The actor on stage moves with familiar gestures. He speaks with all the same intonations that television and movie audiences have come to know over the years.
Alan Alda's style is unmistakable. But the actor on stage is not Alan Alda. It is his half-brother, Antony.
Antony is only 33 and has long hair, yet he looks a great deal like his better-known sibling. He moves and talks in remarkably similar fashion to Alan.
"What is it, 23 pairs of chromosomes?" Antony says. "We only have one parent in common, and we didn't grow up together. It makes me realize the importance of genetics."
Alda is appearing in "How Did It Feel . . .?" at the Gnu Theatre in North Hollywood. The play received a lukewarm review in The Times, but the cast was complimented for its strong acting.
On a recent afternoon, Alda sat on the patio outside the theater and talked about performing in the shadow of his brother and their father, the late Robert Alda.
"It works for you and against you," he said. "People figure you know what you're doing because you grew up around acting. Other people think you got the part because of your name."
Though comparisons to Alan may at times be a hindrance to his career, Antony doesn't attempt to alter his naturally similar expressions or intonations.
"It's like your hair color or something," he said. "It's who I am."
The youngest Alda began acting at age 9, when he earned a part in a television pilot called "Three Coins in the Fountain." He took occasional roles while growing up but was more interested in music and studied composition at Juilliard.
Alda might have stayed with music, had his apartment not been burgled. That incident convinced him to leave New York City. He landed in Los Angeles, where his father was living, and they did several plays together.
"When it came time for me to do acting again, it felt so natural," he said. "The theater has always been a comfortable place for me. I spent all my summers on Broadway. Dad would be in one play and Alan would be in another. I used to hang out with the lighting guys."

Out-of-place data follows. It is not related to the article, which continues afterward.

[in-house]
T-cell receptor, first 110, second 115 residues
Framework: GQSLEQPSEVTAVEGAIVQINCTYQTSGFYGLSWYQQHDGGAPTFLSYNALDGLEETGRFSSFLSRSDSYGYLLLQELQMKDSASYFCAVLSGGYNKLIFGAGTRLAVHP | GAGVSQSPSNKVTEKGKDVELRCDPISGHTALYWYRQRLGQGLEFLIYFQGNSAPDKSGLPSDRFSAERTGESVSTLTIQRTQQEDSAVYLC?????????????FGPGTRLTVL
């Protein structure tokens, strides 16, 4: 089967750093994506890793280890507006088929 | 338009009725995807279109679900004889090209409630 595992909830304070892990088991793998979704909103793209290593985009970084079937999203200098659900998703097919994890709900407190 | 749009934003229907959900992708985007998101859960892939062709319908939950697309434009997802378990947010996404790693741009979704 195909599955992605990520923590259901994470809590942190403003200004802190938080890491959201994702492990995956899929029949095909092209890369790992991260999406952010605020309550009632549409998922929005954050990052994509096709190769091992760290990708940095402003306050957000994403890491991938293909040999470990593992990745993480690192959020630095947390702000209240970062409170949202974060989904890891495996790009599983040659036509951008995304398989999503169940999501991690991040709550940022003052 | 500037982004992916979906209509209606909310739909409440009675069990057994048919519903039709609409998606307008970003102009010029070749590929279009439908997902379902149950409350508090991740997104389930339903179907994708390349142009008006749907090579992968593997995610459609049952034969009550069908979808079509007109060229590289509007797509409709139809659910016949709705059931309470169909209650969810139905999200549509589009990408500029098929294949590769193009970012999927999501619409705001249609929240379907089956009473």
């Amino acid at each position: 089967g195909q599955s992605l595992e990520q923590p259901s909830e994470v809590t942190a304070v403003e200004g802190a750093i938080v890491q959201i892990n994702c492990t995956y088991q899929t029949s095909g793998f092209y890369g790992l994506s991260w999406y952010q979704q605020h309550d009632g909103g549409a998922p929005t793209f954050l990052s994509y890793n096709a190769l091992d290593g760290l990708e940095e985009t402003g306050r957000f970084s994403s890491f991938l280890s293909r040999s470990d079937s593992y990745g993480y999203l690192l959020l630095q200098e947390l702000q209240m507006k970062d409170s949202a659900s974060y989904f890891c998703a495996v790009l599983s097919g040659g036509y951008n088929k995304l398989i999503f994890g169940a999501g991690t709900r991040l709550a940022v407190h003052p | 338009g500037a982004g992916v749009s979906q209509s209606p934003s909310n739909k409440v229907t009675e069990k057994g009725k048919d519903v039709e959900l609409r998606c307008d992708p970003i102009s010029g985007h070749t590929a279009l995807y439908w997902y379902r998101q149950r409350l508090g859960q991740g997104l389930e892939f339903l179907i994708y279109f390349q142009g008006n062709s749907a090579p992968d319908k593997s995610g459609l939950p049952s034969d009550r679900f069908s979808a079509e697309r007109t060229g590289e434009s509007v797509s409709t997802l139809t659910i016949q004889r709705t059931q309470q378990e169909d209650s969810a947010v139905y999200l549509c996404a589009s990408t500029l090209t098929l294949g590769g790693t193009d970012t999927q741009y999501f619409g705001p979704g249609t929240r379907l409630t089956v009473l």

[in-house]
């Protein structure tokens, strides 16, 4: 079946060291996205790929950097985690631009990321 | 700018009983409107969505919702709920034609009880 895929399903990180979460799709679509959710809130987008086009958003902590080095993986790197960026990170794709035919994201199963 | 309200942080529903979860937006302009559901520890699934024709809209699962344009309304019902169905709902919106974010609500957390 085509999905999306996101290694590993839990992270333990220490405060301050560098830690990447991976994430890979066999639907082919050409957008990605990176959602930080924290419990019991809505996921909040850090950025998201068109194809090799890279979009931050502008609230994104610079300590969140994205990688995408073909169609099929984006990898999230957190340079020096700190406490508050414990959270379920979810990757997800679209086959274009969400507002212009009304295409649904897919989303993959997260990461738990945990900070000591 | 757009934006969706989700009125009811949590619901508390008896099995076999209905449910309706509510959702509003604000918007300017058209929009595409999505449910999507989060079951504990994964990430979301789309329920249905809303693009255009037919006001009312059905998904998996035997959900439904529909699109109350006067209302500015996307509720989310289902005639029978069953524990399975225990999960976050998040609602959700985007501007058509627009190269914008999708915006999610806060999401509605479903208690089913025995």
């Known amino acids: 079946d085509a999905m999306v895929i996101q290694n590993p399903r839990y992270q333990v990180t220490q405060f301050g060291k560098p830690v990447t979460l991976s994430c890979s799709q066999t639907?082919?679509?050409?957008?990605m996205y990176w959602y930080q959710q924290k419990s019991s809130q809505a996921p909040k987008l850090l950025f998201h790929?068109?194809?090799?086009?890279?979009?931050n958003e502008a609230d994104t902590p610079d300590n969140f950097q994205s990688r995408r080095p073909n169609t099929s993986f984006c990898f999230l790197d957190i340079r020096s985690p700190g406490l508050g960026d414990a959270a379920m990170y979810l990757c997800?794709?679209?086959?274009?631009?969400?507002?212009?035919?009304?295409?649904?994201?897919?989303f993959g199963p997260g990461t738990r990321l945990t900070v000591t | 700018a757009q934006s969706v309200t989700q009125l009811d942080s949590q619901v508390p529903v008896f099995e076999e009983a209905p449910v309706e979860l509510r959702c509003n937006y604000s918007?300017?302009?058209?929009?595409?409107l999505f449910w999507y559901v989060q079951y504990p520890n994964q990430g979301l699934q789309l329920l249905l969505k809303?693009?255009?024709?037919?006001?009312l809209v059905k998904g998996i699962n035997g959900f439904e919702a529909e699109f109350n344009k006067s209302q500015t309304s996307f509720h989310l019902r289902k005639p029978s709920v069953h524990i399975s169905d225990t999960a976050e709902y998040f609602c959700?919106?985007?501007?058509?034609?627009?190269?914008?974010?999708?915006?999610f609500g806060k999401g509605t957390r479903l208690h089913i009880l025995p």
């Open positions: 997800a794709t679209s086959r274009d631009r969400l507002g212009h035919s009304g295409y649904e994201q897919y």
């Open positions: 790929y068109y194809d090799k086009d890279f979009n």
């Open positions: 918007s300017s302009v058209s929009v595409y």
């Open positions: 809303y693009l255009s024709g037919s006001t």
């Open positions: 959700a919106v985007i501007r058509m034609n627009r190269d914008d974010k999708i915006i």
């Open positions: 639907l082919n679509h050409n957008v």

In the 12 years since he arrived on the West Coast, Alda has been in numerous stage productions--including "Bouncers" at the Tiffany Theatre and "Delirious" at the Matrix Theatre--and such television shows as "Hunter," "Knots Landing" and, of course, "MASH."
"How Did It Feel . . .?" is the story of an alcoholic teen who visits her sister and brother-in-law in New York. The play was written by Daniel Faraldo, who acted with Alda in a syndicated television series called "Crosstown" that has not yet aired. Patricia Estrin, who was also in the series, plays Alda's wife. Kelli Williams--who has a recurring role in ABC's "Elvis: The Early Years"--makes her stage debut as the disturbed and disturbing little sister.
"It's an emotionally draining play," Alda said. "You have to put yourself through it every night."
And it is another step in the career of a young actor who is trying to establish an identity for himself.
"Perhaps one day Alan will be my brother."
The Gnu Theatre is located at 10426 Magnolia Blvd., North Hollywood. Shows are at 8 p.m. and continue Thursdays through Sundays through March 25. Tickets are $15 Thursdays and Sundays, $17 Fridays and $20 Saturdays. Call (818) 508-5344.